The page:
No one would argue with you if you said man’s biggest challenge may be his battle with lust and sexual temptation. A study by Pure Desire Ministries reports that 68 percent of Christian men and 54 percent of church pastors view porn on a regular basis. It seems like we’re losing the battle. But as a successful 15-year recovering porn and sex addict, I want you to know you actually can win the battle against lust. But the battle in how to overcome lust has to be fought and won between your ears, not between your legs.
The reason many men, including myself, struggled for so long with pornography and “acting out” is because we often try to change our behavior rather than address our thoughts. Changing your behavior helps to an extent, in the short term, but nothing is going to change in your body until you change these 3 things in your head.
Who you think you are will always determine what you ultimately do. Ask yourself:
- Who do you believe you are when you’re at your best and at your worst?
- What do you believe about your character?
- What do you identify more with: what you do or who God says you are?
The scary thing about identity is that it doesn’t even have to be true; it just has to be believed. When I first started attending SAA (Sex Addicts Anonymous), we always had to introduce ourselves by saying, “Hi, my name is Joe and I’m a sex addict.” The purpose was to get us to accept responsibility for our actions. But personally, it also conditioned me to identify more with my addiction than what I believe is my true identity.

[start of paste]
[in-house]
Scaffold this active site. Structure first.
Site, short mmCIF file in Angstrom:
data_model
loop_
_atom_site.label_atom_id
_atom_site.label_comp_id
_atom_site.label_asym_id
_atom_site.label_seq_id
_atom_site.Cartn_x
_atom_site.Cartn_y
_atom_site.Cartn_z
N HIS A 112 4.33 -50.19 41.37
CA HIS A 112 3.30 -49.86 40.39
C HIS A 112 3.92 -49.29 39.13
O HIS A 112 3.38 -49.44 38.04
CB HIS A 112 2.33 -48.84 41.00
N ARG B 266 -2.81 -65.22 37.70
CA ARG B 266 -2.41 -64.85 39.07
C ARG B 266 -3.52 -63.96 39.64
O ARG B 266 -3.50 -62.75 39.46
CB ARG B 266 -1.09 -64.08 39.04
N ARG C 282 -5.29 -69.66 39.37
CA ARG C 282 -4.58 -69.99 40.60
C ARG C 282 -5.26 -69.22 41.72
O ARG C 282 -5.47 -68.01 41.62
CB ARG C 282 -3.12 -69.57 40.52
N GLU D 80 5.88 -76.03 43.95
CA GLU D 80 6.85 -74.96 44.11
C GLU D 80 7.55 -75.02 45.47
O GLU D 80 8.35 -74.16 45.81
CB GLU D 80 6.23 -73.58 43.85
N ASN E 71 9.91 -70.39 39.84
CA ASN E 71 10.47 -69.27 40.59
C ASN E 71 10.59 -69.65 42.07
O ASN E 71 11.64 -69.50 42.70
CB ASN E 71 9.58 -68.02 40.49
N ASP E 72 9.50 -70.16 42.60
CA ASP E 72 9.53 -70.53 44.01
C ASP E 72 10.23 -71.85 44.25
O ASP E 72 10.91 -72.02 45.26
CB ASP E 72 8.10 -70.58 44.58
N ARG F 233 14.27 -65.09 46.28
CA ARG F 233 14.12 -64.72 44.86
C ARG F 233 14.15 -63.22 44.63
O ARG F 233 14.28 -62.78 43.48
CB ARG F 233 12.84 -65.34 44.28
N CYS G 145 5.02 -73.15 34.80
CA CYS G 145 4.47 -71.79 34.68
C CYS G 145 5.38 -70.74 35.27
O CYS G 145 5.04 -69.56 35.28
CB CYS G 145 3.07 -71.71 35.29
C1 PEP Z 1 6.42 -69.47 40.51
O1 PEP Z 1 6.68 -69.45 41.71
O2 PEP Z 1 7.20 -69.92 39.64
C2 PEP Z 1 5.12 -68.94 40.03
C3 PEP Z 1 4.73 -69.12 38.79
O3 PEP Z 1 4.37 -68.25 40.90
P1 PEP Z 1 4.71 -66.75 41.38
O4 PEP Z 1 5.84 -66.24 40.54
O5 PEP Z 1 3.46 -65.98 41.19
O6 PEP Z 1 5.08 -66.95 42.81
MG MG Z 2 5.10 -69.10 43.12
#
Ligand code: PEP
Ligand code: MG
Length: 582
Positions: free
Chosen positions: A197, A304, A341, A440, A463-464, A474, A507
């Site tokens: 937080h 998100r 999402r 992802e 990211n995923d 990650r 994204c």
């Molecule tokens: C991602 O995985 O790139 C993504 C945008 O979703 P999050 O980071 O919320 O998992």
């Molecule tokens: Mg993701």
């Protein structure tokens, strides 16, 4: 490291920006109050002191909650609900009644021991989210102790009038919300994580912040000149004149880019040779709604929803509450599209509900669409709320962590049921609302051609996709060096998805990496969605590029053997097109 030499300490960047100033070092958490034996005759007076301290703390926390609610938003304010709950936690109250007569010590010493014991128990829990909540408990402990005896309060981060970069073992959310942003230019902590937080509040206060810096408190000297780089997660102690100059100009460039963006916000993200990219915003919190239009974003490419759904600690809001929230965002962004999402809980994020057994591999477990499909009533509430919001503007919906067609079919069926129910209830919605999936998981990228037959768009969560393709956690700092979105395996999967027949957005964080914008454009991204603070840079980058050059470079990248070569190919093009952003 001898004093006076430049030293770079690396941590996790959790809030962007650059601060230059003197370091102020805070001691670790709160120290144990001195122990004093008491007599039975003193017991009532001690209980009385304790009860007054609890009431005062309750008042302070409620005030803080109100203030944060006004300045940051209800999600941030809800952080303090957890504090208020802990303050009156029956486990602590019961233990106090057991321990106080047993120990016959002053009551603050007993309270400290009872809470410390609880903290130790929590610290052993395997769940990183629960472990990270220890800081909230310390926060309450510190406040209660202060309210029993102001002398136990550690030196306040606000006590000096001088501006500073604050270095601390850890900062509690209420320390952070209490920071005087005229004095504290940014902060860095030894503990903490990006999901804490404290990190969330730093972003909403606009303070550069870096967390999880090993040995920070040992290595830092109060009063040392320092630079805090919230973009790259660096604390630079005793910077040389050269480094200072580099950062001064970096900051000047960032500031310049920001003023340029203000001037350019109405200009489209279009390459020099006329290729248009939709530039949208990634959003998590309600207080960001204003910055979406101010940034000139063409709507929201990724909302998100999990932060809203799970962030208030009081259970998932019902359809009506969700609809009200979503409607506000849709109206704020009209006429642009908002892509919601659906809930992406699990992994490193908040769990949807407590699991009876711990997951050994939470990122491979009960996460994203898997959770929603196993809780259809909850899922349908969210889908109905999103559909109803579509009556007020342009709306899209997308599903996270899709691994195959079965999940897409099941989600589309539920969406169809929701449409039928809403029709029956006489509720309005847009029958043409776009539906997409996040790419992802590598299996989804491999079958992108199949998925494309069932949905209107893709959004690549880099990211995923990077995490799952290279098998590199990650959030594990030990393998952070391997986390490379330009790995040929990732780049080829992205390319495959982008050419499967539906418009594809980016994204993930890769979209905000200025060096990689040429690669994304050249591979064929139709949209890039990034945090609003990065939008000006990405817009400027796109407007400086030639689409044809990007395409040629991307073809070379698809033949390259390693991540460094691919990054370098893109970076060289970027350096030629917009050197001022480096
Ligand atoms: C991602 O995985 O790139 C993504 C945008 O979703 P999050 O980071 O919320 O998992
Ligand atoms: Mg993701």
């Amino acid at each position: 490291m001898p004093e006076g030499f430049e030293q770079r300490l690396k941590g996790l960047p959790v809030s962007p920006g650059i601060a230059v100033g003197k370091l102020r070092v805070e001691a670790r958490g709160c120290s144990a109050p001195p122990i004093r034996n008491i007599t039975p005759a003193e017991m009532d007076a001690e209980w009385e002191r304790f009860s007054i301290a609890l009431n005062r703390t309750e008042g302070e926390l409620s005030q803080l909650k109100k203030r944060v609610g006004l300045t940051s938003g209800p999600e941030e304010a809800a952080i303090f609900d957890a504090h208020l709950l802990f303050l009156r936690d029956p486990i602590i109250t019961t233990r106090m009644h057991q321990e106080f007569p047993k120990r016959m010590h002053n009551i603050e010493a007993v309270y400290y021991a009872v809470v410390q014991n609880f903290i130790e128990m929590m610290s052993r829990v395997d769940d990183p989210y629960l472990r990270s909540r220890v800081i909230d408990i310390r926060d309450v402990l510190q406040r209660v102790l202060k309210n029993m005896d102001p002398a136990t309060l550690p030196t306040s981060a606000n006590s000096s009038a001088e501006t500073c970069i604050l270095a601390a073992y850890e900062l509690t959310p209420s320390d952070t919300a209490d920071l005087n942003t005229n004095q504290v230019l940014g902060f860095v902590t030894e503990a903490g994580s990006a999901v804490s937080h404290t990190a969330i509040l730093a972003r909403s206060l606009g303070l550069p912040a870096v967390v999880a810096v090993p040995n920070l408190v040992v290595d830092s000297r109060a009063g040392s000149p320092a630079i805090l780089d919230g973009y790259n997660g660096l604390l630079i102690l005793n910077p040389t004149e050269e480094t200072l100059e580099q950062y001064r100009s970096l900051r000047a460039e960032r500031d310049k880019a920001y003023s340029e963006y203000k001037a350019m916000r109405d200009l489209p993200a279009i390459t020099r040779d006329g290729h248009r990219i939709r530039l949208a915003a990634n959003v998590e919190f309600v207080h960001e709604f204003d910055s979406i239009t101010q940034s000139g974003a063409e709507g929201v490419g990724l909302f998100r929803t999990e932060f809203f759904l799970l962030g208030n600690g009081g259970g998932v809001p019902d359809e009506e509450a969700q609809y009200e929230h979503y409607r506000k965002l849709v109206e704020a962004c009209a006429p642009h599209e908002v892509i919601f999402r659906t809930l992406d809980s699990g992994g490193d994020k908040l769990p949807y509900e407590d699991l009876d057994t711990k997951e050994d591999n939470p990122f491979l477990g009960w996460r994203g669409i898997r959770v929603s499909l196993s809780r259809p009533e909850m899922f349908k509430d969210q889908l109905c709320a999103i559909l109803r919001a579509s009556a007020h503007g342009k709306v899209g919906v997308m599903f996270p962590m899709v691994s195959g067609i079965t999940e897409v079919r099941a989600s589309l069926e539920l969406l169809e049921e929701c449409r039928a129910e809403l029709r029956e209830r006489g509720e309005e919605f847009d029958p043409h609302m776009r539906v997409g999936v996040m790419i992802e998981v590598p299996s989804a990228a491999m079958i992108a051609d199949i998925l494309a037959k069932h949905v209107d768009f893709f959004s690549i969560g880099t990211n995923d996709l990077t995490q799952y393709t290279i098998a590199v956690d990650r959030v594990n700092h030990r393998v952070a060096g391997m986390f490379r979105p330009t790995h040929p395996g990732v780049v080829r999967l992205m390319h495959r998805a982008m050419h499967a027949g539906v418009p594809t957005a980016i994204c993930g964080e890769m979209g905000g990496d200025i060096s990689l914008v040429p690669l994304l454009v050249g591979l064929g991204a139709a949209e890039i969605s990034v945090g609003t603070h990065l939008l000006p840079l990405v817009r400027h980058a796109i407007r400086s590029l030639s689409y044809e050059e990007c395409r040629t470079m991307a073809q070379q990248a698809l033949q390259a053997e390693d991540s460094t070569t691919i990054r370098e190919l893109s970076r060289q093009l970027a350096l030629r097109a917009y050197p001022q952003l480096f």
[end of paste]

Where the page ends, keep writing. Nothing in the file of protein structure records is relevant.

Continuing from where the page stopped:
So, after a couple of years, I finally changed my introduction to, “Hi, my name is Joe, and I’ve been saved by God’s grace and redeemed for His purpose.” My new identity changed my destination; I was now moving toward something instead of just trying to avoid something. We will always act consistently with who we think we are.
Second, you have to change your beliefs about your authority. When it comes to lust, pornography, masturbation, or fornication, many men convince themselves that they have no power over their sexual appetites. The truth is, we’re more powerful than we think. Many men have overcome their battles with lust and sexual temptation, including Jesus, the apostle Paul, Joseph, Job, and others, just to name a few.
Be honest: If the only way you could keep your children alive were to abstain from sex, porn, and masturbation, could you do it? Your answer to that question doesn’t reveal your weakness as a man; it only reveals how powerful you think you are as a man. Personally, I couldn’t do it in my own strength. But I believe I can do it through the power of the Holy Spirit who lives inside of me, based on what Paul says in Philippians 4:13. “I can do all things through Christ who strengthens me.” The power is in your belief, not in your will power.
3. Level of Intimacy
The reason pornography is so attractive to us, beyond the chemical release of dopamine in the brain, is because it gives us a false sense of the intimacy we so desperately crave from women. Think about it: Pornography is attractive because we can have any woman we want, anytime we want, without having to risk rejection, answer questions, listen to complaints, make a longterm commitment, or take responsibility. The problem is, it’s not real intimacy. It’s false intimacy, which never satisfies.
Instead, we have to believe that true intimacy is possible. An intimacy that involves being accepted for who we are, not just who we pretend to be. A level of intimacy that’s connected to our being, not our performance. A level of intimacy that allows us to be vulnerable without appearing weak. And we have to believe that intimacy can be experienced, not just with women, but with other men, without the fear of our masculinity being questioned.
Sound off: What are some other things you need to pursue or “move toward” instead of moving “away” from lust?
Huddle up with your kids and ask, “Have you ever craved something, but didn’t let yourself have it? Why was it challenging?”